There stands in the dry and rugged canyon in the backcountry of Big Bend National Park in West Texas a worn and diseased oak tree from a species once thought to be extinct but which now offers hope that it can help revive the species last spotted more than a decade ago.
The lone known specimen of Q. tardifolia, sometimes wrongly referred to the Chisos Mountains oak or the lateleaf oak — “It’s so rare, it doesn’t even have a common name,” said Devon Dotson of the US Botanic Garden — has been scarred by fire and weakened by a fungal infection, say botantists who spotted it back in May but held off on announcing the find until now. Since the discovery, researchers have been working with park staff to protect the 30-foot-tall tree from wildfire while conservationists search for acorns that might be used to propagate the species.
It was 2011 when what was thought to be the last Q. tardifolia was spotted alive. But there remained hope that with enough searching another tree might be found. Driven by that hope was an international coalition of botanical groups and associations, including The Morton Arboretum, that works for the conservation of oak species world-wide. A small group, supported by mules to carry their food and gear, entered the park in May and headed for the approximate area where that last oak was seen and spent three days scrambling over rough terrain in their search.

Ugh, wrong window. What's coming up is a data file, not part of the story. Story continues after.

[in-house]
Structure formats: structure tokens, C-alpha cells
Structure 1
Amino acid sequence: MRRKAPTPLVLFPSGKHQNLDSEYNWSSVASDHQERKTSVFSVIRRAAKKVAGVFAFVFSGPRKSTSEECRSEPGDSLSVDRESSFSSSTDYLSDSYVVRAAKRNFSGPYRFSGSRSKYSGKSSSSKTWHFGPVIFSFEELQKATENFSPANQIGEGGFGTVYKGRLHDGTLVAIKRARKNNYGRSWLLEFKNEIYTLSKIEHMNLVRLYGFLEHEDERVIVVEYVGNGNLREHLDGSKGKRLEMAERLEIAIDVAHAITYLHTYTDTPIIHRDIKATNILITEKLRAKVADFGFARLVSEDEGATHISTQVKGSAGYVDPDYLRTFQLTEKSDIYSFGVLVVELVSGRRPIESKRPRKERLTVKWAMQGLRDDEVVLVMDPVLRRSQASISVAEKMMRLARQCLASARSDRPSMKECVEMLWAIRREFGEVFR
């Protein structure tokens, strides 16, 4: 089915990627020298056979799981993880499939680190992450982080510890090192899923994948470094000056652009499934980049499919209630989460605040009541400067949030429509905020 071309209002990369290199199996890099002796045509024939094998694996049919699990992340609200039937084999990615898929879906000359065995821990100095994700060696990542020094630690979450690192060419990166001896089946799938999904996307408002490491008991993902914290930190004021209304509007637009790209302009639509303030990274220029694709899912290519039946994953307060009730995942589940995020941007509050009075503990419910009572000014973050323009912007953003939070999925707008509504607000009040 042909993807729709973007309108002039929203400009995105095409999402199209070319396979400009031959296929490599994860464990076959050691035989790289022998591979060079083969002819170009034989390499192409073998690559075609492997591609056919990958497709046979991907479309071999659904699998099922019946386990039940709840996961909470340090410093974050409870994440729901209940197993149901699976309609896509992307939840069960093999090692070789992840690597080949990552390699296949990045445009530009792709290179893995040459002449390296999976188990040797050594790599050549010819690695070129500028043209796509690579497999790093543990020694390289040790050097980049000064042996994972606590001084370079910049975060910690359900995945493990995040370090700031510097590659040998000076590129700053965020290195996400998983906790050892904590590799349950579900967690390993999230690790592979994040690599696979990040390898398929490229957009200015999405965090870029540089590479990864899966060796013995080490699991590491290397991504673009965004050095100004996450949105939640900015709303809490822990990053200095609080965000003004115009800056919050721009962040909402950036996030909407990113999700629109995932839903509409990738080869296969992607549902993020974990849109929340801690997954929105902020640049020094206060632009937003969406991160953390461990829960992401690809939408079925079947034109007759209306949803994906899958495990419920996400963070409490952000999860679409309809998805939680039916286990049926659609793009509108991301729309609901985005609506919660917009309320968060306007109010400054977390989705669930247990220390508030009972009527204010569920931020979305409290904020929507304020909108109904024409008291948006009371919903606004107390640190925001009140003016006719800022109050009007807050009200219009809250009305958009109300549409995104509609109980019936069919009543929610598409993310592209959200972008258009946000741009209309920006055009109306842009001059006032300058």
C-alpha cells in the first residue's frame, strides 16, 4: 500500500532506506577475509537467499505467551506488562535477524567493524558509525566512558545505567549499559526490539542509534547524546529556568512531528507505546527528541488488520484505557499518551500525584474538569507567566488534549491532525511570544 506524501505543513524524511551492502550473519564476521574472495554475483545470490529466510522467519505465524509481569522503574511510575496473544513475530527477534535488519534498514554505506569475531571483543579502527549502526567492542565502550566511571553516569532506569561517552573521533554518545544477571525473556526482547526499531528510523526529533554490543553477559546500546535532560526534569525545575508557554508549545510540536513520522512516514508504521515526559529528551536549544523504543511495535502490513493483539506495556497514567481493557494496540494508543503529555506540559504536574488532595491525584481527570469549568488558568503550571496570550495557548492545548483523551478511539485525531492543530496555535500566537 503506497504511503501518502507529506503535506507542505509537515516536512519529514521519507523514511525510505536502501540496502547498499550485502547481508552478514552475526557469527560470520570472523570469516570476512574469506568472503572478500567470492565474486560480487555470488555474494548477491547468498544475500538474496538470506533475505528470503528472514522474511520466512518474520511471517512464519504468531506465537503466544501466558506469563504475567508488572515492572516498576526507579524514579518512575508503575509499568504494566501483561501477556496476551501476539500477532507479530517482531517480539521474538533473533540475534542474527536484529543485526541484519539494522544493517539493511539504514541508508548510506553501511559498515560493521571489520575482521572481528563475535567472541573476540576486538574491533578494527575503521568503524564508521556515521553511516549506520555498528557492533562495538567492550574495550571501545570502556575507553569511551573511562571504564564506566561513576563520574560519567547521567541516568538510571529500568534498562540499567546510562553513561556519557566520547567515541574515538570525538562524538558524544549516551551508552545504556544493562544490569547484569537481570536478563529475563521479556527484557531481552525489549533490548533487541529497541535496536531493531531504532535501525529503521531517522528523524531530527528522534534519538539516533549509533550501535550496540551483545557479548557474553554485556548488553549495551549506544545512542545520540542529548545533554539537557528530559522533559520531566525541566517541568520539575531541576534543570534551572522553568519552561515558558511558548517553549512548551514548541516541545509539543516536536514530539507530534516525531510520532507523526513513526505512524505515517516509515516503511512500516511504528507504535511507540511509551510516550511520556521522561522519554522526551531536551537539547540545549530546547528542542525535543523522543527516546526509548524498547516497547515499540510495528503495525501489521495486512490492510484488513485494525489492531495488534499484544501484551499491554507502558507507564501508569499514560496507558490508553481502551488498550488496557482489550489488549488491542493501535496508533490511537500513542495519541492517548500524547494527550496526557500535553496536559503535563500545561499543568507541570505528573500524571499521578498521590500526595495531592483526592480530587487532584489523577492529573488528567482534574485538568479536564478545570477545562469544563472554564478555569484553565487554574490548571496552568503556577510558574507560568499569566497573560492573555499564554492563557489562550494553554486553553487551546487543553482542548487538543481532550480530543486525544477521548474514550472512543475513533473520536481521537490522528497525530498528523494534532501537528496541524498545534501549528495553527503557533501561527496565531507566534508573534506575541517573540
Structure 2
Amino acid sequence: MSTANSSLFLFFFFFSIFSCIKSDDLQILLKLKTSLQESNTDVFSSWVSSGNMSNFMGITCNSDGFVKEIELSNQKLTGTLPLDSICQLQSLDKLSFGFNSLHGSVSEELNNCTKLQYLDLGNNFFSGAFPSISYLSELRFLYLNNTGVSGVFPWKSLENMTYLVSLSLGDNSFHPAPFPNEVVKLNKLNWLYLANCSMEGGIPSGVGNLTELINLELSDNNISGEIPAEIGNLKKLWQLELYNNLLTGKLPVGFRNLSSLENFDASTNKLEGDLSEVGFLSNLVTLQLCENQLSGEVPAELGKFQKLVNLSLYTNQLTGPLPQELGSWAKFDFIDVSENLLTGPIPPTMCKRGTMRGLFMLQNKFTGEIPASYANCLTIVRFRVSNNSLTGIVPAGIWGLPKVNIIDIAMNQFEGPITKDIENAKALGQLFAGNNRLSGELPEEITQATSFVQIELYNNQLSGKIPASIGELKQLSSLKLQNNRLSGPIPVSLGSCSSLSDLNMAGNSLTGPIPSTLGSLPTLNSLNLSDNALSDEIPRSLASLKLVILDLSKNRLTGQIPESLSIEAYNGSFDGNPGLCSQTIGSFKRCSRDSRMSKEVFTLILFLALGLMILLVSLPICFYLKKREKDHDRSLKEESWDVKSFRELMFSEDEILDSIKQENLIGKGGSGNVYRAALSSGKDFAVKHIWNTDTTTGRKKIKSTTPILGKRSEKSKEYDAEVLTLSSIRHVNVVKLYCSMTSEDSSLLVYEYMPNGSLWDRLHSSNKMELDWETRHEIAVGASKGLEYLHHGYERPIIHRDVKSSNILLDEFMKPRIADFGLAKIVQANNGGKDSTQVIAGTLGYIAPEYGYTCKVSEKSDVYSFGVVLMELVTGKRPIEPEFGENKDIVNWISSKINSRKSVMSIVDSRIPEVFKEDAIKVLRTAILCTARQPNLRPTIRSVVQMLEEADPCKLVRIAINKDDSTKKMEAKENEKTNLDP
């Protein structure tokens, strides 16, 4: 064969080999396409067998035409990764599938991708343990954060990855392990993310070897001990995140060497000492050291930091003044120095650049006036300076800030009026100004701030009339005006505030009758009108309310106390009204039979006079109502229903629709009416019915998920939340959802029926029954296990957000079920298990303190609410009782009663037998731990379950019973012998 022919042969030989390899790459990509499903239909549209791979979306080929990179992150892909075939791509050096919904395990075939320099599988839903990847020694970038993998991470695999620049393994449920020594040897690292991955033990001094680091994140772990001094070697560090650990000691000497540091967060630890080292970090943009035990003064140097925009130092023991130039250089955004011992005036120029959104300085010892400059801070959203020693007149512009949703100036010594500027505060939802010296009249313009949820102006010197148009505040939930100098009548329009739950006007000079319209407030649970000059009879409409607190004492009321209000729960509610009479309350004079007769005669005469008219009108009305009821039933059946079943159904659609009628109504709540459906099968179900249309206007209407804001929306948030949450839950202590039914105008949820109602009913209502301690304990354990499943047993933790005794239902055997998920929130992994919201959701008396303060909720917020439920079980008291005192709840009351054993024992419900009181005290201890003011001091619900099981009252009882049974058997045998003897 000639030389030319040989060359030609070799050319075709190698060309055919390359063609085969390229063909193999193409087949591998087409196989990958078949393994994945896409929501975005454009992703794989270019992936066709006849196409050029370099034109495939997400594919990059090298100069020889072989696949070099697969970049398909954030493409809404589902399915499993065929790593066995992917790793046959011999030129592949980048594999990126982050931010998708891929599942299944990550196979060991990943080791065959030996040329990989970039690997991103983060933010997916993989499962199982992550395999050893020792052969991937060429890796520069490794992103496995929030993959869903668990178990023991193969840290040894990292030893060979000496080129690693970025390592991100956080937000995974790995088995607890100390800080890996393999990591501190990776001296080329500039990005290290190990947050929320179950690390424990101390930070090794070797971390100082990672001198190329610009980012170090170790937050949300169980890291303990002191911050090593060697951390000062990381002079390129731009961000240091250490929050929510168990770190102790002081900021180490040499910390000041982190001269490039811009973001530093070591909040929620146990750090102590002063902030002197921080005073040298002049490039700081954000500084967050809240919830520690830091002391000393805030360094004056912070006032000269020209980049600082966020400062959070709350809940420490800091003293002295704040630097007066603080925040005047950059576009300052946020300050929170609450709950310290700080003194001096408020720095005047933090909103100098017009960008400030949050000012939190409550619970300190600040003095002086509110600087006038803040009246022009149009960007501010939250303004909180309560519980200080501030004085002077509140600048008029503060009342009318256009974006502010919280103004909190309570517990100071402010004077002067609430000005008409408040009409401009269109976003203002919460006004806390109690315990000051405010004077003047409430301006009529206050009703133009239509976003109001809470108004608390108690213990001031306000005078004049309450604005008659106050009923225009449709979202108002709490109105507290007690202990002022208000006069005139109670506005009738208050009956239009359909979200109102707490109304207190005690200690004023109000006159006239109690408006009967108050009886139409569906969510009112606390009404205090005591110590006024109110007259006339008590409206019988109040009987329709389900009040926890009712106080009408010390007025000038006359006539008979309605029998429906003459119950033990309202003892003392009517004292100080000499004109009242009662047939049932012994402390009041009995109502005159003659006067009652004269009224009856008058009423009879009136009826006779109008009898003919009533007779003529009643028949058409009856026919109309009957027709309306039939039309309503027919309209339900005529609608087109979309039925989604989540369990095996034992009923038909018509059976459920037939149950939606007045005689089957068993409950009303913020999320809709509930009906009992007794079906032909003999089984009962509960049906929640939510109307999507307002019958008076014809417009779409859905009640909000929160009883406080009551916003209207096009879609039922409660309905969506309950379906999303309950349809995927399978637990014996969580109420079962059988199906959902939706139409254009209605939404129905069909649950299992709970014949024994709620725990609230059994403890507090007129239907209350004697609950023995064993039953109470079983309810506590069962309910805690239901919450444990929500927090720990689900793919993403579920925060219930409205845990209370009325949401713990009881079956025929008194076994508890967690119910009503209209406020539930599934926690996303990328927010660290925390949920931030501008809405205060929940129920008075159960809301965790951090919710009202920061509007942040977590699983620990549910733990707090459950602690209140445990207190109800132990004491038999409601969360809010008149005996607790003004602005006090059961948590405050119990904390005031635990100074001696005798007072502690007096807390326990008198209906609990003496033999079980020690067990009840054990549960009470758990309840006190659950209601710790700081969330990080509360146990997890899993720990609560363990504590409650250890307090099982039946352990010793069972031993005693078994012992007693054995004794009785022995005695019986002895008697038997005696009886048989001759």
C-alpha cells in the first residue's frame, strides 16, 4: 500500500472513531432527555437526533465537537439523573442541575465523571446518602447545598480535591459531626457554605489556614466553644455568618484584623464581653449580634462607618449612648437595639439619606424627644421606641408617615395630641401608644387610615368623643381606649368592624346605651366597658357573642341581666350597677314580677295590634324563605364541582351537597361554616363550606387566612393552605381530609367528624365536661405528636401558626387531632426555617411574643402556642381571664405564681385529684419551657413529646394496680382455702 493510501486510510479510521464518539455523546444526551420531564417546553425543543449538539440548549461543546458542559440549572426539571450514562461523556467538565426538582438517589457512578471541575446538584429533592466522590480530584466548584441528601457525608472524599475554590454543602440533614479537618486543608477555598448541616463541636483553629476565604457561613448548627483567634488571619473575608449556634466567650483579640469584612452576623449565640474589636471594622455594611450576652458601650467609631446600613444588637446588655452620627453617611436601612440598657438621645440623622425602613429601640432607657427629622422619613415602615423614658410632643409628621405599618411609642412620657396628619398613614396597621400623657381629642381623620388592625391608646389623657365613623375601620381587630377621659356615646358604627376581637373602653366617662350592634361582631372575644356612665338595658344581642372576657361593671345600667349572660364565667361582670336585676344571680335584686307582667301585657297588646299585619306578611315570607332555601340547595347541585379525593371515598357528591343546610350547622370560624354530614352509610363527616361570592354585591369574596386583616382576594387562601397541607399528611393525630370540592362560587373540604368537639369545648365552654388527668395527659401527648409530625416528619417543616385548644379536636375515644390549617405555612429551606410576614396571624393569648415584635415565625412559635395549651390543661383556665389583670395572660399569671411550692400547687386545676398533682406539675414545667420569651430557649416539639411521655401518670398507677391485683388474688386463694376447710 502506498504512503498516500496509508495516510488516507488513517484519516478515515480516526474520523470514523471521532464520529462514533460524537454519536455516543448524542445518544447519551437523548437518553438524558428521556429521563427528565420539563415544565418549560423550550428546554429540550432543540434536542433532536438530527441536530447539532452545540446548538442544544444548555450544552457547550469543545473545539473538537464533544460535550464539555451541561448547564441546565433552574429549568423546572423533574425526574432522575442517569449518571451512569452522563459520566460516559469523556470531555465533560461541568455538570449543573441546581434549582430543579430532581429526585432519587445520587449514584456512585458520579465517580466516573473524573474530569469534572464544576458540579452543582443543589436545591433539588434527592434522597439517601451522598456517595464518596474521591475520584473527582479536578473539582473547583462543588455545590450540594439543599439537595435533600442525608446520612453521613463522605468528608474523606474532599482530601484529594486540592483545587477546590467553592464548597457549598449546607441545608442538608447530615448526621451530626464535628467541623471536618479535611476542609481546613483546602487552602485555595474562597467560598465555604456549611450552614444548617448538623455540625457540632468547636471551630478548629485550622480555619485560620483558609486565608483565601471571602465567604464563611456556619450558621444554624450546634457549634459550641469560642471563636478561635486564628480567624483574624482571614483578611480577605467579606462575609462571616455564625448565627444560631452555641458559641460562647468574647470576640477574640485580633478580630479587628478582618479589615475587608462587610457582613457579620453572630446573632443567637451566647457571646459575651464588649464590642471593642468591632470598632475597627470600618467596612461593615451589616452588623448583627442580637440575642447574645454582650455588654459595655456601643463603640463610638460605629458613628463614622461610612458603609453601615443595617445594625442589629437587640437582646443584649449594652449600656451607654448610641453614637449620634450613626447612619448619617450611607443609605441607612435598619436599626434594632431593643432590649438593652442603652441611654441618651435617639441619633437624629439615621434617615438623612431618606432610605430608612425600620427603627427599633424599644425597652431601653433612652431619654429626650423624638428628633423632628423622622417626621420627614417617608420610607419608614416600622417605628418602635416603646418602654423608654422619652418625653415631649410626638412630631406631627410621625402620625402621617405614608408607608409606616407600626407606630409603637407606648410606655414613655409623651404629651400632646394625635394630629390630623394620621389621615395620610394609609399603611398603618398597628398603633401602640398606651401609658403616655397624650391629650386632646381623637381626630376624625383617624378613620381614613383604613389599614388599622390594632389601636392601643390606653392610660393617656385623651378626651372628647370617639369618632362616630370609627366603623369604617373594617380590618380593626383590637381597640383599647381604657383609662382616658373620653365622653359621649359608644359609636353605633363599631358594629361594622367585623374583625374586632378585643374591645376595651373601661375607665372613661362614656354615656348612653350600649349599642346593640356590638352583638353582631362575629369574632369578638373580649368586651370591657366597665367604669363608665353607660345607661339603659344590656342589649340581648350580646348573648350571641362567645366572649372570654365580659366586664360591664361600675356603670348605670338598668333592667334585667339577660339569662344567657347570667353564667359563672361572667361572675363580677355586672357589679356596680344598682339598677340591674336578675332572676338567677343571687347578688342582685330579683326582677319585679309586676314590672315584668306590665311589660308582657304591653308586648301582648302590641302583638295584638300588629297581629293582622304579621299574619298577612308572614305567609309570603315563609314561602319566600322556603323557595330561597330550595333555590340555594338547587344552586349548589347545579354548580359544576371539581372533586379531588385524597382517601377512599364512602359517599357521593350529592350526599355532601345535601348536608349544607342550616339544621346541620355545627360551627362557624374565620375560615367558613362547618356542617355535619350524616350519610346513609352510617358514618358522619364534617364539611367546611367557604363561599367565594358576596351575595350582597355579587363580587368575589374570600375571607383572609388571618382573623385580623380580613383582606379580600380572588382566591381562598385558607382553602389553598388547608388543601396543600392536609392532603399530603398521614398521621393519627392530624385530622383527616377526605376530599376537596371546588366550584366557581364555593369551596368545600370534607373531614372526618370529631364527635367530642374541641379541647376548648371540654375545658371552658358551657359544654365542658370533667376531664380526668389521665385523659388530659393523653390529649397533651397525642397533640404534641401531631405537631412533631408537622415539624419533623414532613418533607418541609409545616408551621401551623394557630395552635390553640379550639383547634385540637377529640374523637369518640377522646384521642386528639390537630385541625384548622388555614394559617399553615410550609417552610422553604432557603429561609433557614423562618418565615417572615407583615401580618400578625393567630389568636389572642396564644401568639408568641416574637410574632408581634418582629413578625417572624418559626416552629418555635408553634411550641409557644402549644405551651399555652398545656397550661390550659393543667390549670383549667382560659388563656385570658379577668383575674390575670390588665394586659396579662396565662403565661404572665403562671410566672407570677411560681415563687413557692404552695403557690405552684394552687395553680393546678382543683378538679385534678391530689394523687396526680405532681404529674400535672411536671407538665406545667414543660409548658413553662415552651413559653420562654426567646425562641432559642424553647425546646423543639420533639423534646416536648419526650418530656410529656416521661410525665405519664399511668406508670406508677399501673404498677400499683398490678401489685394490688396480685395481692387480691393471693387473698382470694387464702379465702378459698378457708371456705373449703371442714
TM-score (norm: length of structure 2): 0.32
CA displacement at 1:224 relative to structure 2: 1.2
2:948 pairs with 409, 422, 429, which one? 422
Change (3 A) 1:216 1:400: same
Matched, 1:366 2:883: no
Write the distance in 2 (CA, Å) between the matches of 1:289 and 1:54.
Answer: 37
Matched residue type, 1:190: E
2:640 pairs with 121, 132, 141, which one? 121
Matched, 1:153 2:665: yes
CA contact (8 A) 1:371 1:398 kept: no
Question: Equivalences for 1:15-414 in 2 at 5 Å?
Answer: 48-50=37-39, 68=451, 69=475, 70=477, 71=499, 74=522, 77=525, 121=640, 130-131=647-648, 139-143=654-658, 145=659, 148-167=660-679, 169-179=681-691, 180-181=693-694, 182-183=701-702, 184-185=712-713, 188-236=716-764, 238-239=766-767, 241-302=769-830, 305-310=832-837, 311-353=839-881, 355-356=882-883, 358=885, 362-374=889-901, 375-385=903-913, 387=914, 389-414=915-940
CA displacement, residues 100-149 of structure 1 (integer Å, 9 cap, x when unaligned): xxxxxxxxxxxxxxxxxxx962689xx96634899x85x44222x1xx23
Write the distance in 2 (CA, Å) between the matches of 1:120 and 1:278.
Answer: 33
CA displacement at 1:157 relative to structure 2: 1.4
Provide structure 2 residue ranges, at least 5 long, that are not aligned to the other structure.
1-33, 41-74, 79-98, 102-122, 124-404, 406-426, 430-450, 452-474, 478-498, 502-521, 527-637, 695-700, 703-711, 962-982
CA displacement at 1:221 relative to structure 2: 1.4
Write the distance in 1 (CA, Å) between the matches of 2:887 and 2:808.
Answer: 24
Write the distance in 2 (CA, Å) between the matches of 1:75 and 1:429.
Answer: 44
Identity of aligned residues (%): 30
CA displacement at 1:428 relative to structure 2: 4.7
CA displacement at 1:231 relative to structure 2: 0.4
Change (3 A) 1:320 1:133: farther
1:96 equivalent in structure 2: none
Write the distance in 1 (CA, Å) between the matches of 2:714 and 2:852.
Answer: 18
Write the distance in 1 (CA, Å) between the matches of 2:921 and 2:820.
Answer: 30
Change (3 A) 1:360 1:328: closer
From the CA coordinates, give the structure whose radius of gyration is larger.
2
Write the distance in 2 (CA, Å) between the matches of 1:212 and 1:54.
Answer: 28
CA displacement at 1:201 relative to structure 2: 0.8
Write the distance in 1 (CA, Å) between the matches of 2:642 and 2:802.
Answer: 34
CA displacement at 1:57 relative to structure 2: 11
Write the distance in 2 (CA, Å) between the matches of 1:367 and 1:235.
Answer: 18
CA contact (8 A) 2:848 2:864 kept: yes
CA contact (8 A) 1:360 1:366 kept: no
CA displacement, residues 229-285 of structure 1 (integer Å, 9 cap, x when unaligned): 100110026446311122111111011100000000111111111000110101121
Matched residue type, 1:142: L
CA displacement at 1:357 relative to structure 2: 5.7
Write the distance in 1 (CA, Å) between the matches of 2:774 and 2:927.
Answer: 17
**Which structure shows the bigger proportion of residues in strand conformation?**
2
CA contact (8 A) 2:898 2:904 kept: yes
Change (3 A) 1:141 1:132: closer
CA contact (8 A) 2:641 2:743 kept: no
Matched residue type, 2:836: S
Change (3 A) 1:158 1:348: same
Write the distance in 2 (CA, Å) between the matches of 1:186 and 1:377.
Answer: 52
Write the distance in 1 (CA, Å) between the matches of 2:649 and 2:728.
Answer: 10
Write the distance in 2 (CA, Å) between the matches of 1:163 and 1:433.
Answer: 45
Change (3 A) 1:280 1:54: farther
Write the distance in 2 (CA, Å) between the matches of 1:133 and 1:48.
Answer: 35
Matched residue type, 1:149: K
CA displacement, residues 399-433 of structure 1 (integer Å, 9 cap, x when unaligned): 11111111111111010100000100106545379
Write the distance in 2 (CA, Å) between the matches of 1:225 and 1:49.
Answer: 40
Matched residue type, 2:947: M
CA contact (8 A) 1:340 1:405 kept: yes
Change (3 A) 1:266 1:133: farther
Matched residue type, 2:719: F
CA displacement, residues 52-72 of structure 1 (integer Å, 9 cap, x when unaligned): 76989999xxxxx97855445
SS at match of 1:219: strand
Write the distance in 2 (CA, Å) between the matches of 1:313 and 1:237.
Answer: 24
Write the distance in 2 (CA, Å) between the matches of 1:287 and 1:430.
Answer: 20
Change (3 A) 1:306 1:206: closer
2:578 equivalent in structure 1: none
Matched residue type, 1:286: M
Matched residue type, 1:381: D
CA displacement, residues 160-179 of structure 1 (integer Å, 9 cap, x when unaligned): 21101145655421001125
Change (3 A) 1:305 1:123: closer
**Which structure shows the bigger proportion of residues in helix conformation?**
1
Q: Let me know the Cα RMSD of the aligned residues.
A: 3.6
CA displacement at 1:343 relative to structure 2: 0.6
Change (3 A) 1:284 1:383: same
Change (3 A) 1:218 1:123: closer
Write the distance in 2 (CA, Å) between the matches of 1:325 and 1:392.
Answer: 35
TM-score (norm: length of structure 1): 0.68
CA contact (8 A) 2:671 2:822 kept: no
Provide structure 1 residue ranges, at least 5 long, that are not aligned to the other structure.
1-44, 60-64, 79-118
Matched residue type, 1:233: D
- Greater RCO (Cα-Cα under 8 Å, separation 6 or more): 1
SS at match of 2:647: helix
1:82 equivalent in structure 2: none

“That’s the only spot [Big Bend’s Chisos Mountains] it’s ever been found,” Dotson, a spokesperson for the Botanic Garden, said during a phone call Friday. “All the way back to the 1930s, when it was very first described as a distinct species, that’s where it was found, in the Chisos Mountains. The only place it’s ever been seen in its entire existence was there in the Chisos Mountains, and so we knew that if it was going to be found, the highest likelihood would be right there in those very same mountains.”
While Big Bend spans more than 800,000 acres, seemingly making a search for a tree thought extinct excrutiatingly difficult, Dotson said the group focused on the general area of the Chisos Mountains where the last living Q.tardifolia was spotted. Dictating the search were parameters such as the geography, soil conditions, and even elevation where that 2011 tree was seen, he said.
“Understanding that variety helps give us some ideas about what types of spaces in the park could be searched,” he said. “And honestly, some of this is sort of a guessing game of, ‘Based on that, let’s extrapolate a little bit, and look for similar areas elsewhere.”
The average person might not have spotted the tree, as it is surrounded by other species of oak.